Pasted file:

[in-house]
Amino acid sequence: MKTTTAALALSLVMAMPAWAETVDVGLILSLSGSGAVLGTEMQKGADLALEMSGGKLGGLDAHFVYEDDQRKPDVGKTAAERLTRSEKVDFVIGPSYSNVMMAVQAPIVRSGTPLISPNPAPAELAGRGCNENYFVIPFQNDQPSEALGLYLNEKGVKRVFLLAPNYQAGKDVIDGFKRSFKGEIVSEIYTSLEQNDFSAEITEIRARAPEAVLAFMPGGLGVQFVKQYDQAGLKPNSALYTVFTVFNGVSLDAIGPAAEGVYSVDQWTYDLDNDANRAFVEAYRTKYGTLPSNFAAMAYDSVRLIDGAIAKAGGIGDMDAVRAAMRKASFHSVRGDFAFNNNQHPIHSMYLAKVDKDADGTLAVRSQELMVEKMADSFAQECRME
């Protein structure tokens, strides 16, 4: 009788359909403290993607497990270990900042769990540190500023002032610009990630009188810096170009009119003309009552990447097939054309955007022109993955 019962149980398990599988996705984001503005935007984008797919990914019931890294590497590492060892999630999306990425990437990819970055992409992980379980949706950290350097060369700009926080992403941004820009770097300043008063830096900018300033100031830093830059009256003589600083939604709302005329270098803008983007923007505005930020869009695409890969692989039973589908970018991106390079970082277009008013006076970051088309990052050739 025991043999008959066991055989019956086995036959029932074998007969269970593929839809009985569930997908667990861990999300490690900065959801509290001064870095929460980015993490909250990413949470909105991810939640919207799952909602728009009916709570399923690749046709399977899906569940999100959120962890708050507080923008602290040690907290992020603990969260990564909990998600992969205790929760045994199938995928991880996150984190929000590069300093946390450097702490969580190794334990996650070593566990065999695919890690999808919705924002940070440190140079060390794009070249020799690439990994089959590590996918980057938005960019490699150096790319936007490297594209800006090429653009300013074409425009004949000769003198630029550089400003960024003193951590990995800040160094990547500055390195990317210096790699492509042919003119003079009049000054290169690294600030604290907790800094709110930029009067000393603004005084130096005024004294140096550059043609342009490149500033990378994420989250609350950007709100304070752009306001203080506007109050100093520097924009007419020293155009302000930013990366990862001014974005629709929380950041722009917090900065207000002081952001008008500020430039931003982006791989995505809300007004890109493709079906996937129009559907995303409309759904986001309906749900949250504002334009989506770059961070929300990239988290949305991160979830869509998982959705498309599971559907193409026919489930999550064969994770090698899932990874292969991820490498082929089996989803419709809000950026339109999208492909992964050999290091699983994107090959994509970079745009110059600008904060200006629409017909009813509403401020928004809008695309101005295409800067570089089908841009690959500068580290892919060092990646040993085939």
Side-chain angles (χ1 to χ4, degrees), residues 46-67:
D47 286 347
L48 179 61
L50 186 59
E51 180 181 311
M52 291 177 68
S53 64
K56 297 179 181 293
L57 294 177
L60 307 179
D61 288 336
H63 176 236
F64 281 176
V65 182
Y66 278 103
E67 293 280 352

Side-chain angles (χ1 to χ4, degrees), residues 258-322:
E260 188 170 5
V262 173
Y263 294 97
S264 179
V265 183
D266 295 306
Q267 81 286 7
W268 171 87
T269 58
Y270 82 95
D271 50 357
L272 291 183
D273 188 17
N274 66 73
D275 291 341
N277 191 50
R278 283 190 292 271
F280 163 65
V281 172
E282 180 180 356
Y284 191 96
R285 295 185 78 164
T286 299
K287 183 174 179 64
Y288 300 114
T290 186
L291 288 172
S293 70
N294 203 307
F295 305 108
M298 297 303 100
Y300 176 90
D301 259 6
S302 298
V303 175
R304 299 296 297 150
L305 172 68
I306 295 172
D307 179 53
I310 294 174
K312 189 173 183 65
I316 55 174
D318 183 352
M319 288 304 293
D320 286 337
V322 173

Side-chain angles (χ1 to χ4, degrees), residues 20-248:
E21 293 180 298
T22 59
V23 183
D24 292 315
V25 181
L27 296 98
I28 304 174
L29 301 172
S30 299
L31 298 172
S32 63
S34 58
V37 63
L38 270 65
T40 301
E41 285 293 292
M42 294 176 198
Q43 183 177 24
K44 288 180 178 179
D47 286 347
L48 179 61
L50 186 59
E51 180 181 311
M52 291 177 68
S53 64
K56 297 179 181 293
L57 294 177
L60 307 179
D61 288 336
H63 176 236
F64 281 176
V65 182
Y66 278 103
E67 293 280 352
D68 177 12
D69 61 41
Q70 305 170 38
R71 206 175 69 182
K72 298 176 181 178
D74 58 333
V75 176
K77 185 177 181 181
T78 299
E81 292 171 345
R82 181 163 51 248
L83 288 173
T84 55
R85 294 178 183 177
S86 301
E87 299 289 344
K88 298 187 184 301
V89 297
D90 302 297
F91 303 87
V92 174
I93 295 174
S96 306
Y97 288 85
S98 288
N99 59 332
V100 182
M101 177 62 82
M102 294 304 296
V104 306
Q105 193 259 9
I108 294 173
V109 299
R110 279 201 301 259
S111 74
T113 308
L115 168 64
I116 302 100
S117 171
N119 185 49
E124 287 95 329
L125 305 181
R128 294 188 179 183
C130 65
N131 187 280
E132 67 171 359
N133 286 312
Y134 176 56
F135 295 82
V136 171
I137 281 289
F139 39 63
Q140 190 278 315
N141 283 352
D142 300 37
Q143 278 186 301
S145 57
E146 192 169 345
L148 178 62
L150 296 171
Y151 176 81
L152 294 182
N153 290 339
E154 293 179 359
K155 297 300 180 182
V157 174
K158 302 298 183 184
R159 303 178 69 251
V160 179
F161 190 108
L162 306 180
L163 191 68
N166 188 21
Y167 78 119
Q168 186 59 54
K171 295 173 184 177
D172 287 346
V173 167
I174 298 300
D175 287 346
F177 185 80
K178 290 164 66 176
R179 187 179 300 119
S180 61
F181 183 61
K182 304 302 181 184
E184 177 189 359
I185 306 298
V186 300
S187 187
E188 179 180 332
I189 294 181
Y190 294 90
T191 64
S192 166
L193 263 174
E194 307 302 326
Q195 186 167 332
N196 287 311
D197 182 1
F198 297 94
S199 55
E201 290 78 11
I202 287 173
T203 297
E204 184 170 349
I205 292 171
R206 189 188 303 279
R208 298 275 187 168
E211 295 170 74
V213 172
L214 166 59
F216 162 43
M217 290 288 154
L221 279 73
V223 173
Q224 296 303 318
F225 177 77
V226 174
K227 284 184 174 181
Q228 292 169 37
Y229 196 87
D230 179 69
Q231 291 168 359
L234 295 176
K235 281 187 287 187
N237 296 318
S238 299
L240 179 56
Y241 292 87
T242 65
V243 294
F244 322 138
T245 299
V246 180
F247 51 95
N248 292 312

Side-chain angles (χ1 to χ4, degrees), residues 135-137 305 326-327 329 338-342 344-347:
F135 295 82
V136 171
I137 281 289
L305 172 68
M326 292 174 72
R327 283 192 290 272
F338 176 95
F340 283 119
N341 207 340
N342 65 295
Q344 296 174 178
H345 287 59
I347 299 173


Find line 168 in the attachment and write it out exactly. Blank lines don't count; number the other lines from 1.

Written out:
K158 302 298 183 184